China’s dominant telco vendors ZTE Corp and Huawei will take part in US congressional hearings next month regarding investigations of alleged Chinese spy threats to US telecommunications infrastructure.
The House of Representatives Permanent Select Committee on Intelligence has invited both ZTE chairman Hou Weigui and Huawei deputy chairman Ken Hu to testify.
ZTE’s US arm confirmed its participation in the upcoming congressional hearing but Huawei has yet to publicly comment on whether any of its executives would take part.
US House of Representatives Intelligence Committee chaired by congressman Mike Rogers, has been investigating allegations of close ties between the Chinese government and both Huawei and ZTE since November and discussing the possible introduction of legislation that would deal with any related national-security threat.
In June, the panel issued letters to senior executives at Huawei and ZTE requesting detailed disclosure about Chinese government relations and their international pricing strategies. The letters included requests for deeper detail about the companies’ history, strategy, connections to the government of China and the Chinese Communist Party, and whether they can truly act as private companies.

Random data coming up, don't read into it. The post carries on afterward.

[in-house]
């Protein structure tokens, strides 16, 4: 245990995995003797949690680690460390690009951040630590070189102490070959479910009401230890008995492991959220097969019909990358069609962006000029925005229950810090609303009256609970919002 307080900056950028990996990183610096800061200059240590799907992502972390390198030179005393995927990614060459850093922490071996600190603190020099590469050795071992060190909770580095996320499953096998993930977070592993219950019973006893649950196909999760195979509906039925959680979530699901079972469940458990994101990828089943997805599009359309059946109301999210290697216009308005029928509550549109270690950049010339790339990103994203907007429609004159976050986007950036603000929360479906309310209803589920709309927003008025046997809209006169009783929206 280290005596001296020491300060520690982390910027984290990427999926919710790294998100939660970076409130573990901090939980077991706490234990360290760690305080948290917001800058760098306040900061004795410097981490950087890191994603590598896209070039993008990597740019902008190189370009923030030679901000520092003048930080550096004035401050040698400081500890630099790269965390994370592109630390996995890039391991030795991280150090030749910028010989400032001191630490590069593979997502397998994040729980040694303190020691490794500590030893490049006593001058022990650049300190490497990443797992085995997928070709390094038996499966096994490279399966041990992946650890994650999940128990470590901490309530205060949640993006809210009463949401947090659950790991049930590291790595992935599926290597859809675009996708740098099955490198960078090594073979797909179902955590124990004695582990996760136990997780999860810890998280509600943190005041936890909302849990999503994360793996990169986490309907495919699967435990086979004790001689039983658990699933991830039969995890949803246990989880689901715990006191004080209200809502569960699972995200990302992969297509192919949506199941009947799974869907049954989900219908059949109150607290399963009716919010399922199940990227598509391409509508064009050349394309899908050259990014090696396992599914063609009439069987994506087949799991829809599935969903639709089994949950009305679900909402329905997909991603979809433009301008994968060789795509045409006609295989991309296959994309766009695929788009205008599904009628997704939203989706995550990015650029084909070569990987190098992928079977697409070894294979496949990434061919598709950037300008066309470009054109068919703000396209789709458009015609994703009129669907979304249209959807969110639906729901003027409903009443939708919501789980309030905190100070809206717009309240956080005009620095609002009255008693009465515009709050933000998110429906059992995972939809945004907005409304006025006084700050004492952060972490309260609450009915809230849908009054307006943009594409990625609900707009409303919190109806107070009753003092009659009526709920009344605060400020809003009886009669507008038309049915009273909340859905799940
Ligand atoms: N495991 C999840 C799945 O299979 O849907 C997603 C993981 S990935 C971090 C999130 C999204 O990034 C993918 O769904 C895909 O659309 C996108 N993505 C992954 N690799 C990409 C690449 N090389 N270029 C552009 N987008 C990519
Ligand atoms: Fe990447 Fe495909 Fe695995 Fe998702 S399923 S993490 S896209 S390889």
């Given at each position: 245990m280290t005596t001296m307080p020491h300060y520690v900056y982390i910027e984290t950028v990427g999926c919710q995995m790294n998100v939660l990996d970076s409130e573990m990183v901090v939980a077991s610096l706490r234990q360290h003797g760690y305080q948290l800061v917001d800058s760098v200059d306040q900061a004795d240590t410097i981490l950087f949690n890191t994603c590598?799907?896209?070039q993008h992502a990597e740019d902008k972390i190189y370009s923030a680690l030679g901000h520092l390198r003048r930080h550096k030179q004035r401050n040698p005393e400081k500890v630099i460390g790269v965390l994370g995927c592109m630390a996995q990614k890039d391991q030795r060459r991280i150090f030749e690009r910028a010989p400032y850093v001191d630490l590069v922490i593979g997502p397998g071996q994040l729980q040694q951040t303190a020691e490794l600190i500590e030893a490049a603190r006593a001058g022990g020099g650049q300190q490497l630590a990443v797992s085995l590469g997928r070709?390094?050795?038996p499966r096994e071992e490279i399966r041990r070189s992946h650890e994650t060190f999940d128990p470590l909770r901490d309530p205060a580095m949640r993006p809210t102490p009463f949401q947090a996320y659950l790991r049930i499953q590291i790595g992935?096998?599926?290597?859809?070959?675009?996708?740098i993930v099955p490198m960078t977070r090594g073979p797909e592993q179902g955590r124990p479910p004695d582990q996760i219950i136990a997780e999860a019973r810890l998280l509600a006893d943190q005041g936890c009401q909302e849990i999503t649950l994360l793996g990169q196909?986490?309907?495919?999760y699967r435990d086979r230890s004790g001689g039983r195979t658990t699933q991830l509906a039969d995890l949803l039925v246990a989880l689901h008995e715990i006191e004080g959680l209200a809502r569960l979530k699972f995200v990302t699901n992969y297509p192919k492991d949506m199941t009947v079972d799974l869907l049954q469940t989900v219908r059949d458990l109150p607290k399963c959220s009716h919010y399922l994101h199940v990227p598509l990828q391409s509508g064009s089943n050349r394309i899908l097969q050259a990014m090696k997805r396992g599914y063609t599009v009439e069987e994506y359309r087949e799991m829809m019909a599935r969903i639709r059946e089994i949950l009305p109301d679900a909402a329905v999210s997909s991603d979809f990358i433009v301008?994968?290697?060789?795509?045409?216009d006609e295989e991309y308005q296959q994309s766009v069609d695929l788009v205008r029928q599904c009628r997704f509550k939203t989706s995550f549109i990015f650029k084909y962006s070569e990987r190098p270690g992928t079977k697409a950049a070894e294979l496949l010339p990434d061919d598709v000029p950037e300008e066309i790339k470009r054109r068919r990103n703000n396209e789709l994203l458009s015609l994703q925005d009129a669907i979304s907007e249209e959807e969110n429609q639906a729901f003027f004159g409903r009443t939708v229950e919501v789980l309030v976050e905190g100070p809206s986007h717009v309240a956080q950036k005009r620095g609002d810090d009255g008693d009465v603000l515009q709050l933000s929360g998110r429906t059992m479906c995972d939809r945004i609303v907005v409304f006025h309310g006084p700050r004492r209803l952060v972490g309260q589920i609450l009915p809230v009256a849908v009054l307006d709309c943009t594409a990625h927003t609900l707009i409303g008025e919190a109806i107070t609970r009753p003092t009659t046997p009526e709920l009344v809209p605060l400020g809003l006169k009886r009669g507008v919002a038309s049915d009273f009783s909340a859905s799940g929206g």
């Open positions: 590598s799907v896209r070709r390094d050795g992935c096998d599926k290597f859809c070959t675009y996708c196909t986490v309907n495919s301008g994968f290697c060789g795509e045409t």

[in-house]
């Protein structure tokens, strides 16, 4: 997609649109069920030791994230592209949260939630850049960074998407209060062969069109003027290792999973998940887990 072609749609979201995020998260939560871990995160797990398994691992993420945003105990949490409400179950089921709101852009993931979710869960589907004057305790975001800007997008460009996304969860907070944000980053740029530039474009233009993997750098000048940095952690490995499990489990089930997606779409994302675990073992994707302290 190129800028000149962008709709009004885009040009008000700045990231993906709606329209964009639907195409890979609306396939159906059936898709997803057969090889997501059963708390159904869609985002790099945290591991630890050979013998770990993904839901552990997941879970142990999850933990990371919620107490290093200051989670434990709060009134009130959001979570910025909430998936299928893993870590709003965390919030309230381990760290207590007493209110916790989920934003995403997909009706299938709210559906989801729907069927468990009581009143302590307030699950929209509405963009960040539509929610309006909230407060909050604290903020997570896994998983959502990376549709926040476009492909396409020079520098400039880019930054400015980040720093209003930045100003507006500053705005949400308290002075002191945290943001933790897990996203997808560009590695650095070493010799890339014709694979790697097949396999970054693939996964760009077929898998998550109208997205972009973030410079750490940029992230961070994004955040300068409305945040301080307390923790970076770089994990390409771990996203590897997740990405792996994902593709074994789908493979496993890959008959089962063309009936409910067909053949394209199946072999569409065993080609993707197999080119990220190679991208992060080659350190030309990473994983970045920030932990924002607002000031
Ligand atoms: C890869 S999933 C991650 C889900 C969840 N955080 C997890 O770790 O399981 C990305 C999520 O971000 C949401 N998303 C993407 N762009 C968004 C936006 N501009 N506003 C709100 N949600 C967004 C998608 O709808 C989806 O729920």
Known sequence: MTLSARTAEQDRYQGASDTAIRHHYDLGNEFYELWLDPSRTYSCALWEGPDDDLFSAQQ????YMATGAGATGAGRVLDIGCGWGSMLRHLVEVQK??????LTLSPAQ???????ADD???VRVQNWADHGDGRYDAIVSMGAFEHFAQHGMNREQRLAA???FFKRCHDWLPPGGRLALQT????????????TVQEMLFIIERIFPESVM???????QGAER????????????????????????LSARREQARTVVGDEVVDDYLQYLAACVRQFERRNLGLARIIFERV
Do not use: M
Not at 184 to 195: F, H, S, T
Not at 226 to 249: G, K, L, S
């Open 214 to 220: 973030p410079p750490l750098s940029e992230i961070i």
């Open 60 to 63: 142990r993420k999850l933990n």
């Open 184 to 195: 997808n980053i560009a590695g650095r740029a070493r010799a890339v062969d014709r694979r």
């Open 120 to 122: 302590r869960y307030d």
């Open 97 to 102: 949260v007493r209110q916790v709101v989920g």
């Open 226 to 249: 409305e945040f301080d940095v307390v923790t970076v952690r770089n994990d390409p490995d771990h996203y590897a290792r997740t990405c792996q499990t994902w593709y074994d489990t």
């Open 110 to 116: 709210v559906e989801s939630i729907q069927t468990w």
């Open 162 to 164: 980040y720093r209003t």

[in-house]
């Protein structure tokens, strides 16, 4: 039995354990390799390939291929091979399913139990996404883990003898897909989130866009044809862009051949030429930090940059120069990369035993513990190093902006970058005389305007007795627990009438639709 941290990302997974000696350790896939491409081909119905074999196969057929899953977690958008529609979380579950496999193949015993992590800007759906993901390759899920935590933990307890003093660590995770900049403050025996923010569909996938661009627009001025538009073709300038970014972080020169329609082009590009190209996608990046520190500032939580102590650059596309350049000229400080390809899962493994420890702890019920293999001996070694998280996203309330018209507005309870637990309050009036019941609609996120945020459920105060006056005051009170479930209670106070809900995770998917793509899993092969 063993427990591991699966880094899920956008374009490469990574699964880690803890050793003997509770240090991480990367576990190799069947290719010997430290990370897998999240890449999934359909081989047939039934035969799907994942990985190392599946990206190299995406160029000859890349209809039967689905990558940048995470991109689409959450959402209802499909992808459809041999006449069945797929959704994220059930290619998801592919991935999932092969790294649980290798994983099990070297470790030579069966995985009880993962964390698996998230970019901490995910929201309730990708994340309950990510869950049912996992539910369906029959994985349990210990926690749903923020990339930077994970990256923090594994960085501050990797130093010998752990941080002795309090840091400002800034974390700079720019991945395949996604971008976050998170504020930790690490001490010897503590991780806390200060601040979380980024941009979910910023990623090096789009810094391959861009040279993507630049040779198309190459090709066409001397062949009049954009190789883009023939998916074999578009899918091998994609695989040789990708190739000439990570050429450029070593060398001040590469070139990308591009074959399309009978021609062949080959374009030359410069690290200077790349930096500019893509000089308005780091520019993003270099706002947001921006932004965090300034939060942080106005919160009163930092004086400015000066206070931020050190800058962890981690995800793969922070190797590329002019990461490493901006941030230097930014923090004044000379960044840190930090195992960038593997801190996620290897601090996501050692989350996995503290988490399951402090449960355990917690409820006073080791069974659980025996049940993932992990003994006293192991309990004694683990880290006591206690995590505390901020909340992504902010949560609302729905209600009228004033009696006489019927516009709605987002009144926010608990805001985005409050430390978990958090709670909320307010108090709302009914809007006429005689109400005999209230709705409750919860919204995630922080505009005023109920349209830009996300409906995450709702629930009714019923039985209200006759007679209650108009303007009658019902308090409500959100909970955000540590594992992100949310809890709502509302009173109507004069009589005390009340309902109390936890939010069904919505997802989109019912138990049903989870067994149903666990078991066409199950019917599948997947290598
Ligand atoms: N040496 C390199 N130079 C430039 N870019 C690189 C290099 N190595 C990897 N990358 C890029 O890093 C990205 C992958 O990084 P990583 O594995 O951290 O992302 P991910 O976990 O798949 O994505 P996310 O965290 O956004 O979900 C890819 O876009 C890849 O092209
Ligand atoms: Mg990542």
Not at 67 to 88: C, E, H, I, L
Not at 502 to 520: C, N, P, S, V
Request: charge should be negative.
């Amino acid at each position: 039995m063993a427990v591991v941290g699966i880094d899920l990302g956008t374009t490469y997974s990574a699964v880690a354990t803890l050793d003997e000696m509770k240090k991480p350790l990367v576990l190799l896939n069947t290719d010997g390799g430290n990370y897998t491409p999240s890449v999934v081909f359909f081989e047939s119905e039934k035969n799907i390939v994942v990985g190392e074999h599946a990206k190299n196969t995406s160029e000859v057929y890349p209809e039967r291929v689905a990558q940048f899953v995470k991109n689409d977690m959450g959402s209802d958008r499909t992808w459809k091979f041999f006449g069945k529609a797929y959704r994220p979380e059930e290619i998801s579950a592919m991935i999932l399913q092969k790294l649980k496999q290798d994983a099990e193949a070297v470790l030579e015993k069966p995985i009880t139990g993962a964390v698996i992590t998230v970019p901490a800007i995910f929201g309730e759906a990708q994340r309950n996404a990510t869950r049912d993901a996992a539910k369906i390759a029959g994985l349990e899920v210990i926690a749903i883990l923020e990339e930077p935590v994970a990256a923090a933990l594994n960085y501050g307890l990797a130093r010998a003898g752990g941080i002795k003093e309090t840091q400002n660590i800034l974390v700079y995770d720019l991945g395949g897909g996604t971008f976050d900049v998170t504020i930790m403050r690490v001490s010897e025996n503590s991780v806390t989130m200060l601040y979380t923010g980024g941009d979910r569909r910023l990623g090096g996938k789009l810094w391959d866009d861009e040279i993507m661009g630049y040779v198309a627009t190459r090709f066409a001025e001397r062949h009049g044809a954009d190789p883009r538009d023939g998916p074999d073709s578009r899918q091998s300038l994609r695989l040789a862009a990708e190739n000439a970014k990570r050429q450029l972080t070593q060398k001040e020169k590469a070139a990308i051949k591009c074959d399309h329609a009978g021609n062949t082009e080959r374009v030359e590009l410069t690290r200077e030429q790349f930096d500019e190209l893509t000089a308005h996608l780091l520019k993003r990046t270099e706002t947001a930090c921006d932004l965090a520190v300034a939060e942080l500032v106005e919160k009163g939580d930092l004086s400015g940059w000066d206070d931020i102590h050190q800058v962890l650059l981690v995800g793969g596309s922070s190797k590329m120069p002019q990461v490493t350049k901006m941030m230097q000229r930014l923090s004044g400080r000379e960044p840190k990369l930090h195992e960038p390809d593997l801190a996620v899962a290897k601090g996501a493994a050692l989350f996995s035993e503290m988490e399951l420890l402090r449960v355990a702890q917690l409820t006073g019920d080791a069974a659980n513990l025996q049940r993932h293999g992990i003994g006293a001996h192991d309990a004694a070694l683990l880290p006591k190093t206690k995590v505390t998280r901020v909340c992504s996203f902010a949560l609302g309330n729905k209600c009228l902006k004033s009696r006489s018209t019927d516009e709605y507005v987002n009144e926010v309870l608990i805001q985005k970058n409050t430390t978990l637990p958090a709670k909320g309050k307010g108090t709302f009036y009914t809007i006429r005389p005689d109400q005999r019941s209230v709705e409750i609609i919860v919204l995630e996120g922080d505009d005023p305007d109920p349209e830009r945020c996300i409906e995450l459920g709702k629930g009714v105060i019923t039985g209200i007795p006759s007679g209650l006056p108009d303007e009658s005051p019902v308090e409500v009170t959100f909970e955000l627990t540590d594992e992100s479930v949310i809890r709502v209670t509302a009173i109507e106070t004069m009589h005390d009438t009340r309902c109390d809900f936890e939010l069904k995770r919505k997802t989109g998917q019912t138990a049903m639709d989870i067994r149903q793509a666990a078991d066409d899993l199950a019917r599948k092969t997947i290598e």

ZTE has confirmed its intention to play ball, sending The Reg's Hong Kong correspondent, Phil Muncaster, the following statement:
ZTE intends to participate in the upcoming congressional hearing. The company has submitted a series of detailed factual responses to the House Permanent Select Committee on Intelligence as part of ZTE's continuing voluntary cooperation with the Committee. ZTE is the most independent, transparent, globally focused publicly traded company in China's telecom sector. It supplies telecom equipment to 500 network operators in 140 countries. In most respects, ZTE is similar to multi-national tech companies that have emerged in Silicon Valley.
Meanwhile, down under ...
Australian and New Zealand government officials have also been part of the panel’s investigations looking into how the vendors operate in foreign markets, according to Rogers.
Earlier this year in Australia, Huawei was excluded from bidding for any National Broadband Network contracts due to concerns over national security issues.
But last week Australia's opposition communications spokesman Malcolm Turnbull made a vow that a coalition government would review the government's decision to ban Huawei from the national broadband network roll out.
"We will review that decision in the light of all the advice in the event of us coming to government," he said. ®